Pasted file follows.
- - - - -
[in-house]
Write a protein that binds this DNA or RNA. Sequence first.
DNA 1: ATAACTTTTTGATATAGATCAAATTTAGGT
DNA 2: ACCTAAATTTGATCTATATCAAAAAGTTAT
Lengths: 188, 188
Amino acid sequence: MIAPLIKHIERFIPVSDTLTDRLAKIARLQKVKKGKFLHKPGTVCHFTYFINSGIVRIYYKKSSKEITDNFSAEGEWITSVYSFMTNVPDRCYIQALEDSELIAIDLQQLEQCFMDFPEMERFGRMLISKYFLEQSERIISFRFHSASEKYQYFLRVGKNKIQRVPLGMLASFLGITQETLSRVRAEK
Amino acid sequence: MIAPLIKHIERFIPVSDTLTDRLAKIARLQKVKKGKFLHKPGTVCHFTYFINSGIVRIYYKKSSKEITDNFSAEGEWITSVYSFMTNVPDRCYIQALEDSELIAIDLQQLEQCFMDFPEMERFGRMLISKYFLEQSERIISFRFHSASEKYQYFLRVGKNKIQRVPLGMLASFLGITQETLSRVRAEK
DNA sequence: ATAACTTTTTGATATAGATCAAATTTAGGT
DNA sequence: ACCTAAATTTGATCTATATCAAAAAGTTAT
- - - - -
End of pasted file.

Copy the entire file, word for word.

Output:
[in-house]
Write a protein that binds this DNA or RNA. Sequence first.
DNA 1: ATAACTTTTTGATATAGATCAAATTTAGGT
DNA 2: ACCTAAATTTGATCTATATCAAAAAGTTAT
Lengths: 188, 188
Amino acid sequence: MIAPLIKHIERFIPVSDTLTDRLAKIARLQKVKKGKFLHKPGTVCHFTYFINSGIVRIYYKKSSKEITDNFSAEGEWITSVYSFMTNVPDRCYIQALEDSELIAIDLQQLEQCFMDFPEMERFGRMLISKYFLEQSERIISFRFHSASEKYQYFLRVGKNKIQRVPLGMLASFLGITQETLSRVRAEK
Amino acid sequence: MIAPLIKHIERFIPVSDTLTDRLAKIARLQKVKKGKFLHKPGTVCHFTYFINSGIVRIYYKKSSKEITDNFSAEGEWITSVYSFMTNVPDRCYIQALEDSELIAIDLQQLEQCFMDFPEMERFGRMLISKYFLEQSERIISFRFHSASEKYQYFLRVGKNKIQRVPLGMLASFLGITQETLSRVRAEK
DNA sequence: ATAACTTTTTGATATAGATCAAATTTAGGT
DNA sequence: ACCTAAATTTGATCTATATCAAAAAGTTAT